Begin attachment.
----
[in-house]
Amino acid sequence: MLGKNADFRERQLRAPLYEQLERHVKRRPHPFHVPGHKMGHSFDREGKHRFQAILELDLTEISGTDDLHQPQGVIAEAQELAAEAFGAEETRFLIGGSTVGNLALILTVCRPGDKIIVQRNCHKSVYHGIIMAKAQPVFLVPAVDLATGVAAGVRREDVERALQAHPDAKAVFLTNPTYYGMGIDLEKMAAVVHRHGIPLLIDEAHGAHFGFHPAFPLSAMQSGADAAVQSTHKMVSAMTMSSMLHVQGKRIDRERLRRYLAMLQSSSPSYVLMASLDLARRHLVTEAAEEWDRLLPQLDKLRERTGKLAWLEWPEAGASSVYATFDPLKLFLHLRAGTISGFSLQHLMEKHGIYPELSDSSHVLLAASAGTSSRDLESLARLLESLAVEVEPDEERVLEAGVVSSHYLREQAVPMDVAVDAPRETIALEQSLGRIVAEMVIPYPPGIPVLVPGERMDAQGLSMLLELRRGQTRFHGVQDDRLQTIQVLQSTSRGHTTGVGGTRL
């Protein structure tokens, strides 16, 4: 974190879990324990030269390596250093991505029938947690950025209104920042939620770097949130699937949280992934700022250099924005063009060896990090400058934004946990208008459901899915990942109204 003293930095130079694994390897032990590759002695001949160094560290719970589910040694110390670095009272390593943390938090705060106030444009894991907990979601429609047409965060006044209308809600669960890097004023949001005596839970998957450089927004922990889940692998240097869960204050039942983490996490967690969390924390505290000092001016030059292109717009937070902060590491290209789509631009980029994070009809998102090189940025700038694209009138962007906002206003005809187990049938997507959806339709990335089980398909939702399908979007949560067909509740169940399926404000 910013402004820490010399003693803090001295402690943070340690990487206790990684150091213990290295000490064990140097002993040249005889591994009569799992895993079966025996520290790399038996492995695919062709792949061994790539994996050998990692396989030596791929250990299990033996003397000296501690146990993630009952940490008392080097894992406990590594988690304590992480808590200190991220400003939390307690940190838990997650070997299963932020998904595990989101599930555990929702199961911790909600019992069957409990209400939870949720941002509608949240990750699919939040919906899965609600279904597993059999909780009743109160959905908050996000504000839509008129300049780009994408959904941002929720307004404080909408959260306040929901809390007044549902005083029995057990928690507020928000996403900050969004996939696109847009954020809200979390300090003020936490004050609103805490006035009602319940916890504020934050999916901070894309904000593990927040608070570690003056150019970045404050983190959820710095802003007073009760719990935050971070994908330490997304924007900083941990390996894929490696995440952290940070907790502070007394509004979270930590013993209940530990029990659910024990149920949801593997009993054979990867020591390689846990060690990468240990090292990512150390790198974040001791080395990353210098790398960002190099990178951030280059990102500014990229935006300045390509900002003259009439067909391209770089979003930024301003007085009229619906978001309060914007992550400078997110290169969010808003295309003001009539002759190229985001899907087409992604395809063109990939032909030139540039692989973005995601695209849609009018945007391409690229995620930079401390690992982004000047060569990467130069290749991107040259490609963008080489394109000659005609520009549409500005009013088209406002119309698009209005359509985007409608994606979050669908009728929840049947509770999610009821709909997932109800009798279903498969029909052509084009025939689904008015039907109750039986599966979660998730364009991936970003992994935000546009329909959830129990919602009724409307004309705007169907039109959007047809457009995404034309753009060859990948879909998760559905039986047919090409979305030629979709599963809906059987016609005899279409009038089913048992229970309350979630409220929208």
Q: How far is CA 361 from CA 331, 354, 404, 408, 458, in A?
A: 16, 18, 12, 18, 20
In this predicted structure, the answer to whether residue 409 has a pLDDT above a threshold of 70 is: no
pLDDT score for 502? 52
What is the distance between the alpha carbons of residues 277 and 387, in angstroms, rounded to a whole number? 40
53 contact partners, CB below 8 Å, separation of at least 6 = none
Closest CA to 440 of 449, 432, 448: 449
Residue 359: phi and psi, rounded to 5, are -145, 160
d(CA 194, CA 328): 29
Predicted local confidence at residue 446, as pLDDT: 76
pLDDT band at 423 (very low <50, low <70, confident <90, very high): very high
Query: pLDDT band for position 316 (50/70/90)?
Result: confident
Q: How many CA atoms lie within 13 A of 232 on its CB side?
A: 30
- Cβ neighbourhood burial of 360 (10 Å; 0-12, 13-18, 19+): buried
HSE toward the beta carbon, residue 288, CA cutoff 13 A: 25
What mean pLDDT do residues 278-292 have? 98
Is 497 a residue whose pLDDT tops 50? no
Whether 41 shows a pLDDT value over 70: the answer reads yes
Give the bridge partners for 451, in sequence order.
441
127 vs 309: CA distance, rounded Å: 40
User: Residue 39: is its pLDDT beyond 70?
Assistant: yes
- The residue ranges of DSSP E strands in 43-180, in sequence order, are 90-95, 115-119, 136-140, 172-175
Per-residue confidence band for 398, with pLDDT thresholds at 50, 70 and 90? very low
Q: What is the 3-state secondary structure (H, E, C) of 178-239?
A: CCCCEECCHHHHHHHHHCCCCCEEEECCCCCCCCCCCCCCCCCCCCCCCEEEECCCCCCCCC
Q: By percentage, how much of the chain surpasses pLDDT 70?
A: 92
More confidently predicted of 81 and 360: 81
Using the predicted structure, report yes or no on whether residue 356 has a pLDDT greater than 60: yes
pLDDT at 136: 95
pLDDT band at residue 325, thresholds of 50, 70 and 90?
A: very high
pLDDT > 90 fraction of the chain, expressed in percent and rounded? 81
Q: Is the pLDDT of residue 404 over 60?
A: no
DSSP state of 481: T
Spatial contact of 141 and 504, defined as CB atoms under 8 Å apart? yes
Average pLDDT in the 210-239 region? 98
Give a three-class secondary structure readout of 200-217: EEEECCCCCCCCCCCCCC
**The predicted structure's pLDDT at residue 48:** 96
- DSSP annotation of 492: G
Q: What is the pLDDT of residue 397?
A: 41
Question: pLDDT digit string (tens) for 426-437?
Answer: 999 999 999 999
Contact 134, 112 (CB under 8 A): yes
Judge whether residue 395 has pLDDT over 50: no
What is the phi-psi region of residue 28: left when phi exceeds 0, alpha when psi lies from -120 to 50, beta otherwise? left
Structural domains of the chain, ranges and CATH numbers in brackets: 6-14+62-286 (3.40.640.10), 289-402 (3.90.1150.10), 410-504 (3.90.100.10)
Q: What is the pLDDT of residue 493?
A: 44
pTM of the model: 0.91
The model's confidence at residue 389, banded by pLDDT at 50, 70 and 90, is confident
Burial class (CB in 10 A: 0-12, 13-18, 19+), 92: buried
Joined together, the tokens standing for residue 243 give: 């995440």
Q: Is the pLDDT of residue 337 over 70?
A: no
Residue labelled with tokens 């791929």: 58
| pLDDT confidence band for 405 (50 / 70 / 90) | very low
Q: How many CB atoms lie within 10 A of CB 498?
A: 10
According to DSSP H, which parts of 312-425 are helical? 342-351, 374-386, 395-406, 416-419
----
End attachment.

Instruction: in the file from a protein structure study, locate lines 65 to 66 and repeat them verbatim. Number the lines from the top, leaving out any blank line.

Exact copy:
Residue labelled with tokens 């791929």: 58
| pLDDT confidence band for 405 (50 / 70 / 90) | very low